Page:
The theme is that he was a committed liberal who nevertheless had a unique ability to work with Republicans in order to get legislation passed. The recent-cited example is No Child Left Behind; an example of which I was unaware was the 1996 Kennedy-Kassebaum Act, which enabled workers to retain their health insurance after leaving a job (I assume this is COBRA?).
I saw Kennedy speak in 1994 when I was an intern at the White House. Kevin Dolan was interning for him at the time, and back then my overriding perception of Kennedy was that he stirred up strong emotions (for better or worse) in people.
George Will, who has been emphasizing that our country is too "President-obsessed," says that Kennedy is one of the recent leaders who actually got things done:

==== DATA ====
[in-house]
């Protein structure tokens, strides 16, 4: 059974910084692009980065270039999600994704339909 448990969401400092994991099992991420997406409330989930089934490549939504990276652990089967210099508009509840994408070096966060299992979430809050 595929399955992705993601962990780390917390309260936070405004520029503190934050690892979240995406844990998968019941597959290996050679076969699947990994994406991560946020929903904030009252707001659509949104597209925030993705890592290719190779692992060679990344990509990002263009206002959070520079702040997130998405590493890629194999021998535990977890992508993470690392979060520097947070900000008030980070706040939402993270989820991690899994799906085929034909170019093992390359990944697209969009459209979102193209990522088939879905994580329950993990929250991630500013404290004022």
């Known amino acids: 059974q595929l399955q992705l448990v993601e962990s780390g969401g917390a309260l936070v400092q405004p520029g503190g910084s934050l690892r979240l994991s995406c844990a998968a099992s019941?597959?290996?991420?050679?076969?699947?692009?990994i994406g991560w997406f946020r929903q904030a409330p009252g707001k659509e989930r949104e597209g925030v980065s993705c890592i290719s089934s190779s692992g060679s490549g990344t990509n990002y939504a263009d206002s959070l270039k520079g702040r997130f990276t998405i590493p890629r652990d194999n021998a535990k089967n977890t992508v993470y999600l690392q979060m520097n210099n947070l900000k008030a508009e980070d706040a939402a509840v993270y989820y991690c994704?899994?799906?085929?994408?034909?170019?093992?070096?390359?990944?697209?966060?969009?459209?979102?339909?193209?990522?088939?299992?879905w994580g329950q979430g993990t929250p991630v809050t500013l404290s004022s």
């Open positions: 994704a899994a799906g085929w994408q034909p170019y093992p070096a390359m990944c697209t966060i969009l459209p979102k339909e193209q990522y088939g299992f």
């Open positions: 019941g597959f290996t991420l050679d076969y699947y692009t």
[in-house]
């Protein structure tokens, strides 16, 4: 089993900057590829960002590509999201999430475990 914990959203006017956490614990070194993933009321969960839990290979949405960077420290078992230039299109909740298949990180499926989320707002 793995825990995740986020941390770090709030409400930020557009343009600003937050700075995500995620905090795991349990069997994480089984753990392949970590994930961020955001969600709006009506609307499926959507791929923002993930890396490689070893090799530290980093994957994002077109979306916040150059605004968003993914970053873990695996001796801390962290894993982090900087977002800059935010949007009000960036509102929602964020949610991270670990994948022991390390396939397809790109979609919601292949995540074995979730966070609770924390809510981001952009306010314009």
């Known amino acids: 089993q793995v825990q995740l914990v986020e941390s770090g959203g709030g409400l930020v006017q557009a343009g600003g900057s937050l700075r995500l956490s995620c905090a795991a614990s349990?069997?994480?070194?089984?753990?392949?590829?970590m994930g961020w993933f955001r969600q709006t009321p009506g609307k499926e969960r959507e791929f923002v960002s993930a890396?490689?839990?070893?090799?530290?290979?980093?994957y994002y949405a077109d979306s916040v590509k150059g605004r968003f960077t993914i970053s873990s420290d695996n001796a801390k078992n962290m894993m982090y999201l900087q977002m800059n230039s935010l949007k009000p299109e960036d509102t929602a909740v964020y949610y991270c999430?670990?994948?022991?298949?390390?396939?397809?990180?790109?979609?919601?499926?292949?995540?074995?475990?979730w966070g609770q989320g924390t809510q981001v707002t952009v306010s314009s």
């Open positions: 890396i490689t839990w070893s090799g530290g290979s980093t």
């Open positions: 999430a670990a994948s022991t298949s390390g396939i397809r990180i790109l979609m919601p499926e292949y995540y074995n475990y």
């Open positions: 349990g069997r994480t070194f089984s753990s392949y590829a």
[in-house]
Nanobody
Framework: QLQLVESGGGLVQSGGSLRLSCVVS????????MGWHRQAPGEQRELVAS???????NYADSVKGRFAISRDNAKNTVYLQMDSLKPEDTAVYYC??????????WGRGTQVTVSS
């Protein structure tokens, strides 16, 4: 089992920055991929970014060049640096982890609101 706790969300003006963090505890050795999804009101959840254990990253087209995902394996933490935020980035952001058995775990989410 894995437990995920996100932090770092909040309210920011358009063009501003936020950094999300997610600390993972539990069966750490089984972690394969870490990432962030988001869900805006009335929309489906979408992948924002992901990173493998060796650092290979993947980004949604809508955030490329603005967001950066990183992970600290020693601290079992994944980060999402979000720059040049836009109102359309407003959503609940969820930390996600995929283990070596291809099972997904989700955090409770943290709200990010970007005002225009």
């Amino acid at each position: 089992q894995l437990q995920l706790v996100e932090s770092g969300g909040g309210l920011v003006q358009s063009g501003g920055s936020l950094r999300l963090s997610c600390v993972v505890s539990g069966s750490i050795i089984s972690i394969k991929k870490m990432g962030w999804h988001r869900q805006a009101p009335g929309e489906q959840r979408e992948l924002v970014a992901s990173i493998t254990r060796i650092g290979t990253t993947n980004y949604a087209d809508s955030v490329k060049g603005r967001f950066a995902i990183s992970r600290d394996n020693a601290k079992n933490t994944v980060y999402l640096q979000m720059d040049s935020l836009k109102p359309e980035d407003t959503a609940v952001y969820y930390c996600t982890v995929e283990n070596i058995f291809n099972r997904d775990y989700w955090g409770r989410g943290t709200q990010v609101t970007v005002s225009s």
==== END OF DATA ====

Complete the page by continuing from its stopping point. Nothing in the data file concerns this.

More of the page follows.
In the Senate, as elsewhere, 80 percent of the important work is done by a talented 20 percent. And 95 percent of the work is done off the floor, away from committees, out of sight, where strong convictions leavened by good humor are the currency of accomplishment. There Ted Kennedy, who had the politics of the Boston Irish in his chromosomes, flourished. What Winston Churchill said about Franklin Roosevelt -- that meeting him was like opening a bottle of champagne, and knowing him was like drinking it -- was true of Ted Kennedy, too.